Theme: Energy transition in the Netherlands and Japan: how to benefit from each other through cooperation
Suzanne Beckman Lapré | Leiden University | MA International Relations
Spurring the green revolution:
How cooperation between Dutch and Japanese smart cities can further economic development, enhance societal life, and help reach climate goals
For Japan, a country that lacks critical natural resources, energy security has been a long-time priority on the national agenda. For much of its history, Japan has largely relied on imported energy to meet demand, whereas nuclear power provided roughly 25% of the total energy supply before the tragic 2011 Fukushima nuclear accident. Sending shockwaves throughout the world, opposition against nuclear energy grew and its production decreased, while the overall demand for renewables started rising. This is particularly so since the 2016 Paris Climate Agreement ratification signed by both Japan and the Netherlands.
The bulk of our energy is consumed in cities, which house roughly 90% of the population in both the Netherlands and Japan. With cities clearly having become the preferred environment to live, renewables the preferred source of energy, and climate change recognised as a serious global issue, there has never been a more critical time to seek out new collaborative partnerships and to boldly explore developing terrains with the aim to further economic development, enhance societal life, and help reach climate goals.
Smart city development is one of the key strategies by the Dutch government in combatting climate change as cities account for 80% of all greenhouse gas emissions. The Netherlands has three high-ranked cities in the IMD Smart City index 2021, being Amsterdam, The Hague and Rotterdam, and ranks 11th on the 2021 World Economic Forum Energy Transition Index, thus signaling its frontrunner position. It is no surprise that many companies and institutes invest heavily in renewables.
For instance, TNO is working on an Ecodistrict planner that serves as a national map to establish target areas for green investments, such as self-sufficient buildings. With a foothold in Japan already, TNO could greatly speed up the process of colouring both Dutch and Japanese city energy landscapes green. Another example is Solliance, a partner of TNO that is active in developing Photovoltaic (PV) solar cells that can be applied to existing applications and products, like windows and curved constructions. In 2021 Solliance teamed up with Panasonic, which may serve as a basis for future collaborations. Meanwhile, Eneco plans to build an energy-neutral environment in Amsterdam with 8,000 sustainably heated and cooled houses via heat extraction of surface water, whereas, in a much-needed move, oil-giant Shell set up the first hydrogen transport refueling station near Amsterdam in 202013 and pioneered with their hydrogen-fueled public transport in Groningen. Again, both these companies have a strong presence in Japan.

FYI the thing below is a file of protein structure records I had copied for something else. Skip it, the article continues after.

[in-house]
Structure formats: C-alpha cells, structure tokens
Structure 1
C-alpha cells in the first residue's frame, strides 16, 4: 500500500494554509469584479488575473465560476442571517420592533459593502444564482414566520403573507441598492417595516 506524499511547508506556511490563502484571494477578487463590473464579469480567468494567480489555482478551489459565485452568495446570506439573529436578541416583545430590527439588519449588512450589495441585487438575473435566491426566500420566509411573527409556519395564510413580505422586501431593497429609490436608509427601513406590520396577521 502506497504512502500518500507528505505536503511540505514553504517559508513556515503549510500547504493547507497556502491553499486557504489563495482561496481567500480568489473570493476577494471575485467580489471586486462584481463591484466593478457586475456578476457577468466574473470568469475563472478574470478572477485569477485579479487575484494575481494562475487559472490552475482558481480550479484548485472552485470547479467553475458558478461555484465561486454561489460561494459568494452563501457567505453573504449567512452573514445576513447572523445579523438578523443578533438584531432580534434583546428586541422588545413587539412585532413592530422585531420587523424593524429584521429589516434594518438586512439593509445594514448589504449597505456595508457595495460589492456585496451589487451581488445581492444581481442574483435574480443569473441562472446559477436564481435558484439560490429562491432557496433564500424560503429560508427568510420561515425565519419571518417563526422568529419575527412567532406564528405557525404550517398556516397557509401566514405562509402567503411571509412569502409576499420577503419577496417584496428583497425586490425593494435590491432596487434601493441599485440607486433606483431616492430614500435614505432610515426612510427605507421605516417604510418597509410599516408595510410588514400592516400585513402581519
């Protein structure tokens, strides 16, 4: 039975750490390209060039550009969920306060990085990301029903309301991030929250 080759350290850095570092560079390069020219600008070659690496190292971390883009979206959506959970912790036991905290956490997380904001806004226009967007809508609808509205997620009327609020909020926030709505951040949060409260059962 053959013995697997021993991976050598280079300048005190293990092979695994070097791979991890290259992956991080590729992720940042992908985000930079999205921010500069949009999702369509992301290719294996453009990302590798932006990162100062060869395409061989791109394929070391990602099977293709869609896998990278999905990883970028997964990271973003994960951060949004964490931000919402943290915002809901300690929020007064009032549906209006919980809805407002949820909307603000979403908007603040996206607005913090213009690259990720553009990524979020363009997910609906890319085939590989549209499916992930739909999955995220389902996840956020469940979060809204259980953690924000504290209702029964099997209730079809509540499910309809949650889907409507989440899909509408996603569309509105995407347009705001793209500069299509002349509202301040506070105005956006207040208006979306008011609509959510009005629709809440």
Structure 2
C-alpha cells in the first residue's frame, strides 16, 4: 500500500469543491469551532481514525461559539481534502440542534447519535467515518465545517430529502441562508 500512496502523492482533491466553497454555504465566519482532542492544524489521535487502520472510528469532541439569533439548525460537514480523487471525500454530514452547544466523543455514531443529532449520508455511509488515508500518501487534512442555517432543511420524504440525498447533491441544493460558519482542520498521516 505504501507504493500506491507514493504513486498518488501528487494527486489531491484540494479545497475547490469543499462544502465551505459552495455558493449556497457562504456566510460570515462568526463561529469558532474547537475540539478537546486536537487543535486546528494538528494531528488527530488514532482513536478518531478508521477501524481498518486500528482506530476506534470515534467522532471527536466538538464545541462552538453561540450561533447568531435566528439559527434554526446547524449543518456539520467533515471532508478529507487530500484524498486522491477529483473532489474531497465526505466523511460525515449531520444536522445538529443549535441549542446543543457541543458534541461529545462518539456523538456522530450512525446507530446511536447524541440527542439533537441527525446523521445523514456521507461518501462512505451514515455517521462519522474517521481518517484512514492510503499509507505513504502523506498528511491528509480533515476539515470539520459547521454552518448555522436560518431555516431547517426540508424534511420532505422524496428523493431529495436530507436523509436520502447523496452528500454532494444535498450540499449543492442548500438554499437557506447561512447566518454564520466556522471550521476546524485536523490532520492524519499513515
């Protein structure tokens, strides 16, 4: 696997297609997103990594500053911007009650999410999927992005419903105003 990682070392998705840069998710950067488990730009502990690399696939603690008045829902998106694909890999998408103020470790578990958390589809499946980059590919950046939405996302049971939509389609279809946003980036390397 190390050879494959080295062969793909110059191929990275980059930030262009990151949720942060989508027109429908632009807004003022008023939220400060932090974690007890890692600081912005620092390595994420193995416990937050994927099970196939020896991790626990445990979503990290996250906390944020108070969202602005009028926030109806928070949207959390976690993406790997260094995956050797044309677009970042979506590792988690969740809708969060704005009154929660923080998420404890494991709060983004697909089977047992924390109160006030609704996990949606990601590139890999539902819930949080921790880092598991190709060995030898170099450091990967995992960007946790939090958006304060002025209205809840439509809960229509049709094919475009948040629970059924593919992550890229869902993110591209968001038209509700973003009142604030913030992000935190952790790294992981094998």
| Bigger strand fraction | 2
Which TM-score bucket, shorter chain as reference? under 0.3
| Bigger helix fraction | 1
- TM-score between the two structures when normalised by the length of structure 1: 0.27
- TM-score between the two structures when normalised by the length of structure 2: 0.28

As for Japan, specific challenges such as an aging society and declining birth rate have led to smart cities development mainly revolve around ‘Society 5.0’15 aimed at balancing economic advancement and resolving social issues through data-driven high-tech solutions. However, increased environmental concern made companies like Panasonic and Toyota help construct smart cities with a focus on using renewables like green hydrogen and solar power.
Moreover, Japan was the first country ever to adopt a Basic Hydrogen Strategy in 2017 to realise a hydrogen-based society and increase its energy security and economic competitiveness, as well as reduce its carbon emission. This is a groundbreaking move since Japan lacks hydrocarbon resources and thus requires large-scale infrastructural investment. For instance, Fukushima is home to one of the world’s largest green hydrogen research and production centres, Kawasaki heavy industries pioneered with their liquefied hydrogen carrier for mass maritime transportation, while in Kobe hydrogen is already used to power hospitals, sports centres
With more countries shifting their attention towards hydrogen power, the Netherlands introduced its first hydrogen strategy in 2020 and declared its European leadership aspirations in this field. However, increasing efficiency in green hydrogen production requires more investments. With hydrogen power being a key point on both the Dutch and Japanese national agenda, and Japan already making great strides in this field, it is crucial to look for ways to collaborate. At the same time, the Netherlands is significantly advancing in smart city development, where the sharing of cutting-edge technologies may ultimately prove to be beneficial for all.
As becomes clear, implementing these innovative ideas on a wider scale and connecting with international partners to share best practices and knowledge would heighten our countries’ efficiency in tackling the shared challenges of transitioning to renewables in the face of climate change. With smart being the way forward, leaders in the Netherlands and Japan should look beyond their national borders, aspire to cooperate instead of compete and spur the green revolution!